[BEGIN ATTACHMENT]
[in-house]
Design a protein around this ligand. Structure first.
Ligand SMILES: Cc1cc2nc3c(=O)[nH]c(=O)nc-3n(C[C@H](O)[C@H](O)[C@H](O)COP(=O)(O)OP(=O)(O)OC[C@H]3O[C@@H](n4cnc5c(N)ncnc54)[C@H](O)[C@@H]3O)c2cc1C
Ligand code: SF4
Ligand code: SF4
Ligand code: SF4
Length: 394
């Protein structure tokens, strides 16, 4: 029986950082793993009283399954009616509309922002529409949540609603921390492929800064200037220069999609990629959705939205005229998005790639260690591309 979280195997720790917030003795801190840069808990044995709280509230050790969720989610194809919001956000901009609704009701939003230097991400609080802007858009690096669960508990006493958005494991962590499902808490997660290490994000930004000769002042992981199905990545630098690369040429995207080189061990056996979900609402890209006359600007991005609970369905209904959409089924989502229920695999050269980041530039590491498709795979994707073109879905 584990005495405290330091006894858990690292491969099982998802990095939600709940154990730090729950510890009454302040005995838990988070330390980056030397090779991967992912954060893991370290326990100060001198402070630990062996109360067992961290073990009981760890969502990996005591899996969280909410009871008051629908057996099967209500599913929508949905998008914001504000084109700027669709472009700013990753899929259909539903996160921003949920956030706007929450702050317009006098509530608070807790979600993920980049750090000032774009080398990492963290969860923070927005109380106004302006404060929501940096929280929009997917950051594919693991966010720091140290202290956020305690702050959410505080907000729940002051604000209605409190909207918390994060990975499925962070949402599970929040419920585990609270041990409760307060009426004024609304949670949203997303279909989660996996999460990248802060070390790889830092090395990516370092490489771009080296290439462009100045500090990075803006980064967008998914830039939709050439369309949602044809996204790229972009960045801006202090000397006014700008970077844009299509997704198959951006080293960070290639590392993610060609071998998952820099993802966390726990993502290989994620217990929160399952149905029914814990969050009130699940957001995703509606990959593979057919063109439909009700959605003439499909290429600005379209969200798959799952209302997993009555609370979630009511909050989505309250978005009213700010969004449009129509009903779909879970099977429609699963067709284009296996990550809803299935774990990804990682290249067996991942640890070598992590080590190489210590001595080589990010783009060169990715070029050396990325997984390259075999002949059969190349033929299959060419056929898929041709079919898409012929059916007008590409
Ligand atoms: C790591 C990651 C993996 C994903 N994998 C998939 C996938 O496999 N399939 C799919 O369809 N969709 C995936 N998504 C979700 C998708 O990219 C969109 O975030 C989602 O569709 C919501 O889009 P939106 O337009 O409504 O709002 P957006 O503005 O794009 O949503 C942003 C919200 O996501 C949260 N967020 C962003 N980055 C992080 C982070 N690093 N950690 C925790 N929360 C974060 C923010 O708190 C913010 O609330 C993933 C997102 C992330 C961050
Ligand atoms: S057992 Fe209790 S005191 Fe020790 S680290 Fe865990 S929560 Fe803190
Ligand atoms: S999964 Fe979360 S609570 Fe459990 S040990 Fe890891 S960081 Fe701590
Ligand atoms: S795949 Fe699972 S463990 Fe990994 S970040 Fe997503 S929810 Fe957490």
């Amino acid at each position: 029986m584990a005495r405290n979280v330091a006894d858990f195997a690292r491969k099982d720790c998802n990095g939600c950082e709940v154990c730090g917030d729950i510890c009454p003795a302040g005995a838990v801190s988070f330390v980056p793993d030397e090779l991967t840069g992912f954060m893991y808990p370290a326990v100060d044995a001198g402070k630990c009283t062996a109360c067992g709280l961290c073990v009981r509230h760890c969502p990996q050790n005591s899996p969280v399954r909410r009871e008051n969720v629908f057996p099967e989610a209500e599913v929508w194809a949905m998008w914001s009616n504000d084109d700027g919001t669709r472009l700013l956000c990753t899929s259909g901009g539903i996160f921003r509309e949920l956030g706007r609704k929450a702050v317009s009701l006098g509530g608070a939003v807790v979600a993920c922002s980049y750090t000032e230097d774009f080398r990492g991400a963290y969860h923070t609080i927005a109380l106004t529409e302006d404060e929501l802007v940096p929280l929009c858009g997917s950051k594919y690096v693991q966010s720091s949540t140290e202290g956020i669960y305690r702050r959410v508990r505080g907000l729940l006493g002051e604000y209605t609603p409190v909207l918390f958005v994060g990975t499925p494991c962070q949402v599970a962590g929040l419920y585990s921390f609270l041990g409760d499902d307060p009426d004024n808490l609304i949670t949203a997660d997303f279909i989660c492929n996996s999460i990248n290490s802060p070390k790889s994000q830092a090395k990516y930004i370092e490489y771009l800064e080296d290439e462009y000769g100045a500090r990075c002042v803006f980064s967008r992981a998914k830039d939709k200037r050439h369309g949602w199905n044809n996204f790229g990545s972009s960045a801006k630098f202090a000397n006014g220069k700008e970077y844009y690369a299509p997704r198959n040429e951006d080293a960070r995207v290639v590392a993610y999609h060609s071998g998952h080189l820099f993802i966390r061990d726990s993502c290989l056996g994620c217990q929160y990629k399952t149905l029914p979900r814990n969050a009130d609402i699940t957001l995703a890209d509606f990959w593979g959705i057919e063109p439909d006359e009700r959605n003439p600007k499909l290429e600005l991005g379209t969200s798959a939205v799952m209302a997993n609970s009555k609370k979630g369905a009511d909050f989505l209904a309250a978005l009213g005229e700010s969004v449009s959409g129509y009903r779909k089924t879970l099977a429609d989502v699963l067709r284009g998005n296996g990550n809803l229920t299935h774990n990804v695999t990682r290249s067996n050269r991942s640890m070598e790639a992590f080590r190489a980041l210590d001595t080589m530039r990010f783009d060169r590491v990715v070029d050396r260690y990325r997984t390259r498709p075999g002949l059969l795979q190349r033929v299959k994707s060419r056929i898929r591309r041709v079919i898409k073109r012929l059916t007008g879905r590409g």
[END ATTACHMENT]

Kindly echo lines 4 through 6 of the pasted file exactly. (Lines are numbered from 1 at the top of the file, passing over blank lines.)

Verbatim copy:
Ligand code: SF4
Ligand code: SF4
Ligand code: SF4